PRIDE MONTH RETRO REVIEW: Pose, a contemporary LGBTQ+ representation

BY JOHN CARTER JR

Live. Work. Pose is a drama television series created and produced by Ryan Murphy, Brad Falchuck, and Steven Canals with Janet Mock and Nina Jacobson. The series is set in the 1980s New York ballroom scene as well as the HIV/AIDS epidemic. Latino and Black LGBTQ+ characters take center stage with actresses Michaela Jaé Rodriguez, Dominique Jackson, Indya Moore, Haillie Sahar, and Actor Billie Porter. The show not only educates its audience concerning the plights and experiences of LGBT people of color during this time period but reminds us of the humanity that is hardly seen on screens of populations that are constantly othered. Pose is an important contemporary piece of LGBT media and here’s why.

The show centers around the fictional House of Evangelista and its legendary impact ballroom scene. Ballroom is a place for Houses to come together, compete, and celebrate LGBT culture. Houses traditionally are homes for LGBT children with no place to turn and are run by House Parents who have life experience enough to guide their children. The story starts with our main heroine, Blanca soon to be Blanca Evangelista (MJ Rodriguez), a trans-Afro-Latina woman who has been diagnosed with HIV and decides to leave The House of Abundance run by her legendary Mother Elektra Abundance (Dominique Jackson). 

Blanca was raised along with her siblings Candy, Lulu, Angel, Lemar, and Cubby Abundance. However, after her diagnosis and a search around for an apartment, it is revealed that Blanca has decided to take life by the reins and go for her dream of creating a Legendary House. Her mother is completely against this and reads her for filth. Being fueled not only by her recent successful idea at the most recent ball, her Mother telling she can’t do it, and mostly out her desire to leave her mark before she is taken out by HIV Blanca sets out to start the House of Evangelista. With Emcee Pray Tell (Billie Porter), her sister Angel (Indya Moore), her smooth son Lil Papi (Angel Bismark Curiel), and her dancing prodigy child Damien (Ryan Jamaal Swain) at her side Blanca takes on the world of ballroom and the HIV crisis in her community.

Pose shows queer people of color in a time when they were especially vulnerable, and while American queer people of color still experience extreme discrimination the series shows what it took for the queer community to get where it is today. It masterfully conveys the real-life struggles of violence against trans women of color, HIV/AIDS, racism within and outside of the gay community and more. It does this in style, characters like Elecktra Abundance and Pray Tell in particular are known for sporting their legendary fashions.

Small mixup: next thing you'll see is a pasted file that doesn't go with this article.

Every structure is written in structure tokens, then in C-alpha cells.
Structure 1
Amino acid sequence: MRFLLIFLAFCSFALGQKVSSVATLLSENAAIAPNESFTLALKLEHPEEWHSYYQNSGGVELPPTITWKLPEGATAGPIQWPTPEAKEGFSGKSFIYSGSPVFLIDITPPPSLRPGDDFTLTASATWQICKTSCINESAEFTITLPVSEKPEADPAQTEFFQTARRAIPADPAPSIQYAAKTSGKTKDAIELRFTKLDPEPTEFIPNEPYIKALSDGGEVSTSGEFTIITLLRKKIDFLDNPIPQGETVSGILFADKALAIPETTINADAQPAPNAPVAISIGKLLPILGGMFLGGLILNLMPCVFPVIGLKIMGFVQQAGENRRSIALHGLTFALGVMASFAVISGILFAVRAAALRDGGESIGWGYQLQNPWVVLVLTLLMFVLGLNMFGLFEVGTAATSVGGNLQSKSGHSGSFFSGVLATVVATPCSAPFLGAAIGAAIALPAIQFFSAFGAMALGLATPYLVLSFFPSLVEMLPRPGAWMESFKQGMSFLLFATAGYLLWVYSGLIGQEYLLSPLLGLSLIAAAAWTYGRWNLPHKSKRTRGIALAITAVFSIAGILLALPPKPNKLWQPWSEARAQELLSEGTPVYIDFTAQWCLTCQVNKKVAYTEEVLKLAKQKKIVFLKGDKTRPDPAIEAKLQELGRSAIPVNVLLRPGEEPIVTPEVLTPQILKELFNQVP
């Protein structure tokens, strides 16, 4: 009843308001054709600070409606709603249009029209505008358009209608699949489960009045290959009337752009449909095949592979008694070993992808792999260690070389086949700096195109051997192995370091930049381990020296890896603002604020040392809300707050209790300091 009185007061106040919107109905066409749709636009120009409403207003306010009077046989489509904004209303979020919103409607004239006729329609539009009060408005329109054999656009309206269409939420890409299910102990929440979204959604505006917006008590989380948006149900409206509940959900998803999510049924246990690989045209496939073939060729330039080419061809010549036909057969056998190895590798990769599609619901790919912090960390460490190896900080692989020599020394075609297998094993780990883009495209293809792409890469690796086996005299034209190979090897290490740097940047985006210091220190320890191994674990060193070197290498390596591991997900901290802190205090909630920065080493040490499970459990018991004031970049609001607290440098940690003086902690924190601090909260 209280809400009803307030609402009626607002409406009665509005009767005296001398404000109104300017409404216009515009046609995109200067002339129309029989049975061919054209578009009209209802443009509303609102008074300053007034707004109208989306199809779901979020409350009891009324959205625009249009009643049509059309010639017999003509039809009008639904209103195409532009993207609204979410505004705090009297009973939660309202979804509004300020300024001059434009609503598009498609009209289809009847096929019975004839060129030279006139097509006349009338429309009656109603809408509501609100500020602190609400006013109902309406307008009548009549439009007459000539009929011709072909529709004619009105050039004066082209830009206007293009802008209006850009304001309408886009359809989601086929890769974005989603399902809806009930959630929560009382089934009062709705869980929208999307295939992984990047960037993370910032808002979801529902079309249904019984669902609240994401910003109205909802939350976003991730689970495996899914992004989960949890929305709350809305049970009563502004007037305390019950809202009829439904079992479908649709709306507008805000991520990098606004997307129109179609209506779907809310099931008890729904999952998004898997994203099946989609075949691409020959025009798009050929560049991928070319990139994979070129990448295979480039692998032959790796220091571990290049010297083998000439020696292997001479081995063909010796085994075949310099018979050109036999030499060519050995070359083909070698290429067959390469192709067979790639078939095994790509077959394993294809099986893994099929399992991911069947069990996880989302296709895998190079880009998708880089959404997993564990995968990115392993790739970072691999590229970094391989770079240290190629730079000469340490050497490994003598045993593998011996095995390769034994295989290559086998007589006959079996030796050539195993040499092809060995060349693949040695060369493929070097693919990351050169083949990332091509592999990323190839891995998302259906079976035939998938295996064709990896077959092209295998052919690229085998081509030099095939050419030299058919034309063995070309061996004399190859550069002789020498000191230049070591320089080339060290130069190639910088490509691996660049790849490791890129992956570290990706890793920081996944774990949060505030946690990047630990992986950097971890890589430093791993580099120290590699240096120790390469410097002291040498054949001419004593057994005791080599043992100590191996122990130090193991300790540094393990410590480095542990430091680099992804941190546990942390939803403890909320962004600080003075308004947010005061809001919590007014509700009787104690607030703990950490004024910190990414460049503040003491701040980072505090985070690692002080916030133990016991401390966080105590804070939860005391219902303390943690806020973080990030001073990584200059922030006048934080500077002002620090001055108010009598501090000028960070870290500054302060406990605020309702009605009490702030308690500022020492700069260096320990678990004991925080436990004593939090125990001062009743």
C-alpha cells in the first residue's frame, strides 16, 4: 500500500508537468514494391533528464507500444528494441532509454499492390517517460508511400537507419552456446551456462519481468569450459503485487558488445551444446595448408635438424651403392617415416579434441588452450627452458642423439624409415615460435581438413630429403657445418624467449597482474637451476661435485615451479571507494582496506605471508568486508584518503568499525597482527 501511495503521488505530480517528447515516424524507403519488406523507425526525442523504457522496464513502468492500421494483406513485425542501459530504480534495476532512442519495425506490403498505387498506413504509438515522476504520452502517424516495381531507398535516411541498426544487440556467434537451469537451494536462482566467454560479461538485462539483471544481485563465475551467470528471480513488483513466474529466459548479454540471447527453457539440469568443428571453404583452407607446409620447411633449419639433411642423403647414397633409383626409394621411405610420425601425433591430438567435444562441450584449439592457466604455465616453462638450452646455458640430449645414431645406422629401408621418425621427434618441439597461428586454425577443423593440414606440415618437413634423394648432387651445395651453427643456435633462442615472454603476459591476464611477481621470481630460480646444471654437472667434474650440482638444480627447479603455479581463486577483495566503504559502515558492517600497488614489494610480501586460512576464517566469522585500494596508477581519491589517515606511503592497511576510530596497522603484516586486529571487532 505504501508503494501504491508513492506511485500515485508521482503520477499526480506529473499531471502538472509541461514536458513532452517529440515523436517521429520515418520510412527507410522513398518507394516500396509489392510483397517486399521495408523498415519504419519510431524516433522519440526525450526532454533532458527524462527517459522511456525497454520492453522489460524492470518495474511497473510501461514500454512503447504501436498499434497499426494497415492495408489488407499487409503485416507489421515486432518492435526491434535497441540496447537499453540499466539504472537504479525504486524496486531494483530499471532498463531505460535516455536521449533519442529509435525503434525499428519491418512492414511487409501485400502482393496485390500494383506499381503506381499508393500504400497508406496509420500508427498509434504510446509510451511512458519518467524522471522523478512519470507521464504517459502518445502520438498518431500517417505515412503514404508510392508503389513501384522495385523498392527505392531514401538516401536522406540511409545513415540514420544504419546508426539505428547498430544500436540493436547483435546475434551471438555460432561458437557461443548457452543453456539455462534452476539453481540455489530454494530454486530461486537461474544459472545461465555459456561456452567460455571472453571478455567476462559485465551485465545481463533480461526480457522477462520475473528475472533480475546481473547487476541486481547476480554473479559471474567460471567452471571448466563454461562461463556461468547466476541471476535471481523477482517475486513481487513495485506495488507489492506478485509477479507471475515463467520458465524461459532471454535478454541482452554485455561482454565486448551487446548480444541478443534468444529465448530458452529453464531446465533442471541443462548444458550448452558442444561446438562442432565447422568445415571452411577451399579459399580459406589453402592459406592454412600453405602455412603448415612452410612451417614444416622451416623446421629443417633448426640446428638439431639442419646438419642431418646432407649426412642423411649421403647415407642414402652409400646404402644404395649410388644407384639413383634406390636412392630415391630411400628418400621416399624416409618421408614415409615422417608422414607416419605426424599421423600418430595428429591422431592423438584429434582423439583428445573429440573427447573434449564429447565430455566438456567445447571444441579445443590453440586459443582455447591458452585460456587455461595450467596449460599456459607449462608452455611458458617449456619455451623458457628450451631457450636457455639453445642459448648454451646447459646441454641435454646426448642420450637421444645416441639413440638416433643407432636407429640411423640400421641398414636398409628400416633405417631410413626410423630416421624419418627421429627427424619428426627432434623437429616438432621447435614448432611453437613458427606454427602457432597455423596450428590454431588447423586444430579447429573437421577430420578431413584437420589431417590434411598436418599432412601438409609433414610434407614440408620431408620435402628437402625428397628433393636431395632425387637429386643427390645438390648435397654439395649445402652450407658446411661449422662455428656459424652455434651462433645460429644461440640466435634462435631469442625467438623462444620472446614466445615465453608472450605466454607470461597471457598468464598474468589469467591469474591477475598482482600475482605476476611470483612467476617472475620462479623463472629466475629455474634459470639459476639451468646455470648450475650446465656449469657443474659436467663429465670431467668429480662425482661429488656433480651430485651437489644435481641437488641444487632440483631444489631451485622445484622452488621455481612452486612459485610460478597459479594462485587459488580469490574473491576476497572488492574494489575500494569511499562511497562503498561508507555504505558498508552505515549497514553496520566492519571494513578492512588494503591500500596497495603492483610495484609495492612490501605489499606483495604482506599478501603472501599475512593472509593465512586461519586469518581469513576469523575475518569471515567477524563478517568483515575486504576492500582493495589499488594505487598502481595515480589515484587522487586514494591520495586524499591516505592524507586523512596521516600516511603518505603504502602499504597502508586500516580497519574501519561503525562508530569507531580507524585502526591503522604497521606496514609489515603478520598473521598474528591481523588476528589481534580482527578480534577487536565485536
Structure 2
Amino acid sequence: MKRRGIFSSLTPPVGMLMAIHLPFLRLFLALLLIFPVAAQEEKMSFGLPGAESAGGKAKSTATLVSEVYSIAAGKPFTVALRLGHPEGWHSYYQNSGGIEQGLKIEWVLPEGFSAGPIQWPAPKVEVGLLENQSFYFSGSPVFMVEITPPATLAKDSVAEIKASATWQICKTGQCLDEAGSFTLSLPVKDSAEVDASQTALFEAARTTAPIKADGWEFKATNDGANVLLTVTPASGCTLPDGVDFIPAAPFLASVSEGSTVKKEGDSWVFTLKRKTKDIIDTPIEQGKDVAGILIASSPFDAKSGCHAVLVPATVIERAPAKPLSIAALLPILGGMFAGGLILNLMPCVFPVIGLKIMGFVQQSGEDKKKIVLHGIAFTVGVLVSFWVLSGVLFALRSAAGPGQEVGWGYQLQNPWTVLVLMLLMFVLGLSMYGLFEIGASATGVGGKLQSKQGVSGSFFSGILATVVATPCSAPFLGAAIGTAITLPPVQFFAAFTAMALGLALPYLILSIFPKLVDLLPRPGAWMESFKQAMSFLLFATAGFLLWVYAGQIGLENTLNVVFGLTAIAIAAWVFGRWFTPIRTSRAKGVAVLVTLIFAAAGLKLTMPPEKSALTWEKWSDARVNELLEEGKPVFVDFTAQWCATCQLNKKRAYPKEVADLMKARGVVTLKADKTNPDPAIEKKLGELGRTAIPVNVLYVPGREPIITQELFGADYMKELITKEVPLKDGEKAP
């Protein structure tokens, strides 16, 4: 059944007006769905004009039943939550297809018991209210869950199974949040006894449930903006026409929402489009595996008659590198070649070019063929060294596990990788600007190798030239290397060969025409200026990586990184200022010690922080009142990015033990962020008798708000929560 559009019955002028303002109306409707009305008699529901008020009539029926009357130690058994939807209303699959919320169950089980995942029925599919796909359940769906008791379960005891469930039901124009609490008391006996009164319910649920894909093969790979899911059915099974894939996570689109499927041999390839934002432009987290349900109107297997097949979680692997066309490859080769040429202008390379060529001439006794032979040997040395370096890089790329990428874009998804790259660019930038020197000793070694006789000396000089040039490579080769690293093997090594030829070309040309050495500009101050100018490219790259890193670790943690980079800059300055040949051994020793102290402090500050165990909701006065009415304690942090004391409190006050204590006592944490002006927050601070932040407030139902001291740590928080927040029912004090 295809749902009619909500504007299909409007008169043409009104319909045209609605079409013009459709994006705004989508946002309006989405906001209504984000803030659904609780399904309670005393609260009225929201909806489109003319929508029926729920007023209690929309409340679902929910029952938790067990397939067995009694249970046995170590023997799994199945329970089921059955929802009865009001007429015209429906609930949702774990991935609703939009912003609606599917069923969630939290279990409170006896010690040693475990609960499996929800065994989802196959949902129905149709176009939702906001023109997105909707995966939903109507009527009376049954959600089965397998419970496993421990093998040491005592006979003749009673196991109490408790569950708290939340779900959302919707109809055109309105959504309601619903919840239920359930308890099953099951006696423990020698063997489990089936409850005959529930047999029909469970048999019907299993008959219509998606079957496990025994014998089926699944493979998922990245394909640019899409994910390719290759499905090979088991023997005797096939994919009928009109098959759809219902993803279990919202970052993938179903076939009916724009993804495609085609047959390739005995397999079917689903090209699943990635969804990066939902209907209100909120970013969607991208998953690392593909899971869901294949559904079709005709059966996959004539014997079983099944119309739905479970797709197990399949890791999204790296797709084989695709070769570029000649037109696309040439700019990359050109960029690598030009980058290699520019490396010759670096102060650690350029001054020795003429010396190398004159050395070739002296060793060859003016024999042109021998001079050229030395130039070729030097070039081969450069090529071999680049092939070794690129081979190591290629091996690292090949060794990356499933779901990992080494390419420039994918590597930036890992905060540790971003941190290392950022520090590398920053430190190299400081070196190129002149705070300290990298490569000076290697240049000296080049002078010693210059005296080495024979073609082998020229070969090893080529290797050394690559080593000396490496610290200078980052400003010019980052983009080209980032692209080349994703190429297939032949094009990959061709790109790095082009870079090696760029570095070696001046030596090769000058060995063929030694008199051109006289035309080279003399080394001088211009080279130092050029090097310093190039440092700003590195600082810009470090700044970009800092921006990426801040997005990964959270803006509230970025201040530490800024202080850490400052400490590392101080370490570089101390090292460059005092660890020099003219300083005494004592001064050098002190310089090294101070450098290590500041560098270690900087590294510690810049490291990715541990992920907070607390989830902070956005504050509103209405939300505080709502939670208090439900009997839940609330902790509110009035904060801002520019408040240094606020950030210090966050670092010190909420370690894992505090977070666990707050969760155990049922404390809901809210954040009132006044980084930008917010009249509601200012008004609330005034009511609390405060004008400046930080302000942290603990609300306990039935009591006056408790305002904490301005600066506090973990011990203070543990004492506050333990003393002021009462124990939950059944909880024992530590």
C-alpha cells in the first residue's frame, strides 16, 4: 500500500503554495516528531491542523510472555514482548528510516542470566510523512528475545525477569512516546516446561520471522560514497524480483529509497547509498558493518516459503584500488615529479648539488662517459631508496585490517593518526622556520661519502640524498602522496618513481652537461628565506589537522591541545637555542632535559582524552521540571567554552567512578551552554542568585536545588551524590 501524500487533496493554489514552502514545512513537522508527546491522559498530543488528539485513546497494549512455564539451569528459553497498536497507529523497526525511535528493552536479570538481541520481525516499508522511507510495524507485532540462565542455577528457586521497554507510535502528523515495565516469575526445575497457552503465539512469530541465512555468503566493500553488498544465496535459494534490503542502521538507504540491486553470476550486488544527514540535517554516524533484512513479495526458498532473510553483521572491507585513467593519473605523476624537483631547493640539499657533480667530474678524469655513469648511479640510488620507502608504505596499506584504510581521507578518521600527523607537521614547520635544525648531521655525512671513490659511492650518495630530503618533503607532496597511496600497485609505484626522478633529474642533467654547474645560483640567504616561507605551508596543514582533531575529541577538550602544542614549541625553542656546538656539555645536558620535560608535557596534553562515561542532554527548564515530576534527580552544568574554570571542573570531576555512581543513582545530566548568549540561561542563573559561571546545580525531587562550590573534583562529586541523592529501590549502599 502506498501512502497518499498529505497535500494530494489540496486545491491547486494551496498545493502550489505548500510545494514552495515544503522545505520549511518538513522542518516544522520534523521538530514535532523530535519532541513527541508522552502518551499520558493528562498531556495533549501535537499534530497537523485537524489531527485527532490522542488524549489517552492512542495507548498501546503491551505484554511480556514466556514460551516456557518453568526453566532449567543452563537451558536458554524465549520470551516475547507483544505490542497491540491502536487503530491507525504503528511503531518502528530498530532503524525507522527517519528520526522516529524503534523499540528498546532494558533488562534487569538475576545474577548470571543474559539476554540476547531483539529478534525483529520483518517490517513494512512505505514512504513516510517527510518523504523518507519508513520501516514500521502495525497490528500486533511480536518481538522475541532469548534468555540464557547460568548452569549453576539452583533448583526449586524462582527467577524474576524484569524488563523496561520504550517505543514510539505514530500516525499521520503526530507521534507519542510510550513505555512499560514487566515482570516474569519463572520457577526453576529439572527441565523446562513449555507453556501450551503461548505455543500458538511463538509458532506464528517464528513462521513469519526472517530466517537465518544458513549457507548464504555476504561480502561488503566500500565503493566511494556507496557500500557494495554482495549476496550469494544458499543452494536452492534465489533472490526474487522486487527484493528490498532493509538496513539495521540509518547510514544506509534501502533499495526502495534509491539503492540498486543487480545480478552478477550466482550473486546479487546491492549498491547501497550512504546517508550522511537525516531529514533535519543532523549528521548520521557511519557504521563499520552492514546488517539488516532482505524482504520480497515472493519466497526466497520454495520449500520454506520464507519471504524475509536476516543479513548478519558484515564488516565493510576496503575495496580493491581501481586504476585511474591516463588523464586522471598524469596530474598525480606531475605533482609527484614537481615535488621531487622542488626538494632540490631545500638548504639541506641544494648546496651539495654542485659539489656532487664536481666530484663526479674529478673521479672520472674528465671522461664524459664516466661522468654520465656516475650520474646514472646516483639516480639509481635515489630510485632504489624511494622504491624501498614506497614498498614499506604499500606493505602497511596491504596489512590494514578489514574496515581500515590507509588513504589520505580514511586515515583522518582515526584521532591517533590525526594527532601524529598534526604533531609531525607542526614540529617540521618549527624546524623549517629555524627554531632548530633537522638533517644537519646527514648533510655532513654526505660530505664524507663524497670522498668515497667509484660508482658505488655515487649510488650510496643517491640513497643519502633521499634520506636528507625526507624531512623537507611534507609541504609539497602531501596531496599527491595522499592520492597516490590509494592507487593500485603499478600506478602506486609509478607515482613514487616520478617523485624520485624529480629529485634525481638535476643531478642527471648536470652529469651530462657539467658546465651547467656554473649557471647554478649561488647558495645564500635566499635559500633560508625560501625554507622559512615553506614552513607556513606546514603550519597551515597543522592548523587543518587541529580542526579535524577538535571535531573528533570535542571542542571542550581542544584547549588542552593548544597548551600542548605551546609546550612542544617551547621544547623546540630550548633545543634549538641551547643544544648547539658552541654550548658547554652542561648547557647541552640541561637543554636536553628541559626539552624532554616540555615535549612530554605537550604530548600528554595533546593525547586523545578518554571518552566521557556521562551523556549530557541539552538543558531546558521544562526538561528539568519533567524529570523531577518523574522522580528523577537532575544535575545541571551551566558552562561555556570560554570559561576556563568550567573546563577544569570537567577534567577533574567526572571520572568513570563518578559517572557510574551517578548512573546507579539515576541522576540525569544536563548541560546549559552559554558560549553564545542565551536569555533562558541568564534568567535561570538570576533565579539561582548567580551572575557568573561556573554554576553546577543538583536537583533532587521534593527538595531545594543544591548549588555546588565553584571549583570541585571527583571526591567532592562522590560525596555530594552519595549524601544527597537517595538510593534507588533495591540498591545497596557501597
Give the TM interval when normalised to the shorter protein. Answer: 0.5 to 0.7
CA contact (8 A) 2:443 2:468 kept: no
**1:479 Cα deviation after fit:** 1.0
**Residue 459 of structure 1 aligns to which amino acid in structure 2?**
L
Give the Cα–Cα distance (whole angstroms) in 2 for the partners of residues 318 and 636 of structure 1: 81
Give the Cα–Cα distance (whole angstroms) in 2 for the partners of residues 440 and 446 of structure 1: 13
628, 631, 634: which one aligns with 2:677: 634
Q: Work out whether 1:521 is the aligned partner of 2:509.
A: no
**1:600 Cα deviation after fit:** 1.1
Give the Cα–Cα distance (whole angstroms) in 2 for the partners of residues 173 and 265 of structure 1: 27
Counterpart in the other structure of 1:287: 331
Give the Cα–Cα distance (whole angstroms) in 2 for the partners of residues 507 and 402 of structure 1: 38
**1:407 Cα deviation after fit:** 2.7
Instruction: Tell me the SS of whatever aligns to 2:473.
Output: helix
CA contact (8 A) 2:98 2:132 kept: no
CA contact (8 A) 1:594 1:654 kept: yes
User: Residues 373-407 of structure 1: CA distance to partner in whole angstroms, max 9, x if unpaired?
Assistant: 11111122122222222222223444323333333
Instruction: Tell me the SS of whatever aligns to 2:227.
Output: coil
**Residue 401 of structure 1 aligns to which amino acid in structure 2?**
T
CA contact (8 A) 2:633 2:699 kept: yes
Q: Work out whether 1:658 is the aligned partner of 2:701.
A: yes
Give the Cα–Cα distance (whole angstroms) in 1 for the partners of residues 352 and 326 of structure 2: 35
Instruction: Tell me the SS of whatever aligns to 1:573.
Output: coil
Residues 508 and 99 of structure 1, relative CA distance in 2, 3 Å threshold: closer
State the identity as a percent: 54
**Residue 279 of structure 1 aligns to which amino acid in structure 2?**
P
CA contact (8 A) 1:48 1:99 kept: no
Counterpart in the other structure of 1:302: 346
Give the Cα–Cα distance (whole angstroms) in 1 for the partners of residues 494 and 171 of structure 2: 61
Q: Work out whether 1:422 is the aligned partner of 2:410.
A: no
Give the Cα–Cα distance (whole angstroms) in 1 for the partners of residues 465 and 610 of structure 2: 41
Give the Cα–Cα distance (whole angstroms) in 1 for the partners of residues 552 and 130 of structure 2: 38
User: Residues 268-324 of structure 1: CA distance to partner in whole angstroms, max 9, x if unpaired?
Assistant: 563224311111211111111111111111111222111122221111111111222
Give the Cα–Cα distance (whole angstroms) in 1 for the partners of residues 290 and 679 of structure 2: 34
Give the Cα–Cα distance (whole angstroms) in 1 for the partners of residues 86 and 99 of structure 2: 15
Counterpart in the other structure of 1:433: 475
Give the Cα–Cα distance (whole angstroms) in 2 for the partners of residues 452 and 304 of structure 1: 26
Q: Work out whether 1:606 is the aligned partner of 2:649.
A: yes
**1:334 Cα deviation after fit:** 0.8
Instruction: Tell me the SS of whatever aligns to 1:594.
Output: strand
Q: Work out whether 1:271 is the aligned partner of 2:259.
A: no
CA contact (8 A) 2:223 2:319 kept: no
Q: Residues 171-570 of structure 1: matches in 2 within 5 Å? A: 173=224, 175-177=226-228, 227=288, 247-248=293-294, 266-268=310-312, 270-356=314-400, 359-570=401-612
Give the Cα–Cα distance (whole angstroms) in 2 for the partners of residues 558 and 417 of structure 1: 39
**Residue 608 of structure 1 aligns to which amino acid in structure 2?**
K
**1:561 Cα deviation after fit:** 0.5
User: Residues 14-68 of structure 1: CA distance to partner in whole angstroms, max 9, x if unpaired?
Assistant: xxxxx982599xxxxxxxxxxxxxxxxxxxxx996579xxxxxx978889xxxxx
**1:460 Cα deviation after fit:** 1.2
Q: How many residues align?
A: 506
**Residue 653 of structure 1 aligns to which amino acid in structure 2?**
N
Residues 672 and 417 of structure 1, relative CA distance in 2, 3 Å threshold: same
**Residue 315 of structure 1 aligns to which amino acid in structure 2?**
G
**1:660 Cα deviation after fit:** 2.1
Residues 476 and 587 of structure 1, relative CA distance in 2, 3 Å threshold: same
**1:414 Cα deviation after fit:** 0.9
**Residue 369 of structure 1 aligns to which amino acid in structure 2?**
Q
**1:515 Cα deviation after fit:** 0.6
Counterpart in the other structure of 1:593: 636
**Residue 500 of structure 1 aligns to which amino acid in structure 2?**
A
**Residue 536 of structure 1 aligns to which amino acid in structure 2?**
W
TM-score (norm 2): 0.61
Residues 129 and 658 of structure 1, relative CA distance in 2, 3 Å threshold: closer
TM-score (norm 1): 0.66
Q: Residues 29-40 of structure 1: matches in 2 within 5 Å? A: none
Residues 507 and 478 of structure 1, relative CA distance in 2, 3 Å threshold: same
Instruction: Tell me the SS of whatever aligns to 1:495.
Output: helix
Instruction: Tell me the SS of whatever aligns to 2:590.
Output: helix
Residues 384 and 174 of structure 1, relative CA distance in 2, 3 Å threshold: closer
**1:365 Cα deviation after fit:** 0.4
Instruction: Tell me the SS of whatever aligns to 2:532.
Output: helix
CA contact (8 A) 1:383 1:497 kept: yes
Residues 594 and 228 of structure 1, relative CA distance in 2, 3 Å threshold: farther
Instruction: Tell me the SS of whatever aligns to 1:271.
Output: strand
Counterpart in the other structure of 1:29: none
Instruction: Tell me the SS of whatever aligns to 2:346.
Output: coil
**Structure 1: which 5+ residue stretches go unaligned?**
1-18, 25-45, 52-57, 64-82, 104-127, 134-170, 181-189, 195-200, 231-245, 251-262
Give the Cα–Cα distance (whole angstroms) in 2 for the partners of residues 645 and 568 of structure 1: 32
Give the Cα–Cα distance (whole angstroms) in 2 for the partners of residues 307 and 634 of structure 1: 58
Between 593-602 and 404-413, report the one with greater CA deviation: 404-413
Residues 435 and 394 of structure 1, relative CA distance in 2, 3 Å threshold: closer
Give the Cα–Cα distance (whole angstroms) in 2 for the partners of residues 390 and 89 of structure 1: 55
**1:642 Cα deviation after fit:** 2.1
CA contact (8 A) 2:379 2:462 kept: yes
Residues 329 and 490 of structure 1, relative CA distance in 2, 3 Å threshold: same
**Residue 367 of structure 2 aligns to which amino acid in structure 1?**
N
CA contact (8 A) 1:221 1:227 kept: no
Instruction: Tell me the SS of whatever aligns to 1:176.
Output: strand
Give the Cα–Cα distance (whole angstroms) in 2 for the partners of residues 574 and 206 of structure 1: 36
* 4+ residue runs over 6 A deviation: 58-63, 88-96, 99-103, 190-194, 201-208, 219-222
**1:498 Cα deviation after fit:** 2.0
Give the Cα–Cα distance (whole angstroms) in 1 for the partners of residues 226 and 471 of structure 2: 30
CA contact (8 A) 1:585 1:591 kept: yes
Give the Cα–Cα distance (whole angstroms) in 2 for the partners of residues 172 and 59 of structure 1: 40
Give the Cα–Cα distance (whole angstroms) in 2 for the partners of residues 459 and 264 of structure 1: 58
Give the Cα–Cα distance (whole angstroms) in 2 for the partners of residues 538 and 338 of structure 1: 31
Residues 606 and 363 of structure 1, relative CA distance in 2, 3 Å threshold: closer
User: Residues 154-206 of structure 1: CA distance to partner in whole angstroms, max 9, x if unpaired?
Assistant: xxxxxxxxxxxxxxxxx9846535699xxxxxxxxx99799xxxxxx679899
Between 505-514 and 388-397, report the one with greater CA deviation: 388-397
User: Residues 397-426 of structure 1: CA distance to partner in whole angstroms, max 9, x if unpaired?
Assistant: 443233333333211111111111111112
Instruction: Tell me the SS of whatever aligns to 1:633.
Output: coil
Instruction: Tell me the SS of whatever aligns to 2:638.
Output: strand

The show puts on display the beautiful multicolor aesthetics of the ball culture and contrasts it against the cold clinical grays of the HIV hospital scenes, eventually going to blend both colorful ideas in the song performances. MJ Rodriguez, Billy Porter, Sandra Bernhard, Patti Lupone and yes even Dominique Jackson sing emotionally powerful tunes from different places on the spectrum (Well Maybe not Dominique). Renditions of Prince’s Sometimes it Snows in April, Stevie Wonder’s Love’s in Need of Love Today, Steven Sondheim’s I’m Still Here, and Home from the Wiz by Charlie Smalls.

Seasons 1-3 have a perfect pace and payoff by the end of the series. Showing the highs and lows of the ball scene throughout the 80s and after. Love, affairs, betrayals, rivalries, murder, social issues, gay fashions and more are perfectly executed. The way this show is handled is with respect and homage to the culture it represents and its people. Each of the characters is an instance of a first for the kinds of people they represent on a huge platform such as FX with accuracy and care. 

Surely we have seen black and brown LGBT characters but not like this and not from this culture, it is truly impressive in the impact it has had on its audiences. Garnering MJ Rodriguez the golden globe, the first for any trans person. Justly so, as Rodriguez’s performance is the heart and soul of this heroic epic. Her performance inspires and forces audiences to reflect on their own biases. She is powerful.

Finally Pose is a ceiling-shattering collection of performances that will hopefully lead to more work for not only this cast but as well as trans and gay people of color across the industry. Certainly, the other cast members, Dominique Jackson in particular, deserved awards for their performances and only time will tell if more will win. The series is about hope, perseverance, and being free to be yourself. It is about determination, the willingness to fight back, and the work we put in together to achieve success. At the end of it all however Pose, the story of the Legendary House of Evangelista, is about family and (most integrally) love.

“Houses are homes to all the little boys and girls who never had one, and they keep coming every day just as sure as the sun rises. So what you gotta do is work harder, reach higher and dream big until you triumph! It won’t happen today but when you do i’m going to be right in there cheering you on”- Pray Tell and Blanca Evangelista

One Reply to “PRIDE MONTH RETRO REVIEW: Pose, a contemporary LGBTQ+ representation”

  1. The part about Dominique Jackson deserving an award for her performance, yes!! She has so many powerful monologues throughout the series! This show and the actors are beautifulll. One of my absolute favorites.

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